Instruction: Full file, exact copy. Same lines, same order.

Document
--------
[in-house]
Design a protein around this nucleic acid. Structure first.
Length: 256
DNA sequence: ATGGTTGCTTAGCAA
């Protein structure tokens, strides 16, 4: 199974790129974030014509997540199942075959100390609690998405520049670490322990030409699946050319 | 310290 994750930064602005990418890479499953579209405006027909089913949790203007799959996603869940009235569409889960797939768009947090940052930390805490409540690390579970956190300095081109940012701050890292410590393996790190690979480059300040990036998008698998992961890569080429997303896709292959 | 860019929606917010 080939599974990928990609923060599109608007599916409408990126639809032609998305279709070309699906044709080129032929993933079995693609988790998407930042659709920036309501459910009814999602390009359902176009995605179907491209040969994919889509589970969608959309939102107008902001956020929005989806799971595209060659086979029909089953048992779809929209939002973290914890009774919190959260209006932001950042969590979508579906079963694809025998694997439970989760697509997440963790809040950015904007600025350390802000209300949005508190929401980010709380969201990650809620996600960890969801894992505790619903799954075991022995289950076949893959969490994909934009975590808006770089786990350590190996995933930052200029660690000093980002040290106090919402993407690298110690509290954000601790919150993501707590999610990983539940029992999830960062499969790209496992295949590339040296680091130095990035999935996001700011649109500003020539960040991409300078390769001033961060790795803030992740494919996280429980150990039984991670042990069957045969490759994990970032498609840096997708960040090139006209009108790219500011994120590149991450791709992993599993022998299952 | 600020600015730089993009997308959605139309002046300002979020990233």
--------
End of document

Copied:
[in-house]
Design a protein around this nucleic acid. Structure first.
Length: 256
DNA sequence: ATGGTTGCTTAGCAA
């Protein structure tokens, strides 16, 4: 199974790129974030014509997540199942075959100390609690998405520049670490322990030409699946050319 | 310290 994750930064602005990418890479499953579209405006027909089913949790203007799959996603869940009235569409889960797939768009947090940052930390805490409540690390579970956190300095081109940012701050890292410590393996790190690979480059300040990036998008698998992961890569080429997303896709292959 | 860019929606917010 080939599974990928990609923060599109608007599916409408990126639809032609998305279709070309699906044709080129032929993933079995693609988790998407930042659709920036309501459910009814999602390009359902176009995605179907491209040969994919889509589970969608959309939102107008902001956020929005989806799971595209060659086979029909089953048992779809929209939002973290914890009774919190959260209006932001950042969590979508579906079963694809025998694997439970989760697509997440963790809040950015904007600025350390802000209300949005508190929401980010709380969201990650809620996600960890969801894992505790619903799954075991022995289950076949893959969490994909934009975590808006770089786990350590190996995933930052200029660690000093980002040290106090919402993407690298110690509290954000601790919150993501707590999610990983539940029992999830960062499969790209496992295949590339040296680091130095990035999935996001700011649109500003020539960040991409300078390769001033961060790795803030992740494919996280429980150990039984991670042990069957045969490759994990970032498609840096997708960040090139006209009108790219500011994120590149991450791709992993599993022998299952 | 600020600015730089993009997308959605139309002046300002979020990233």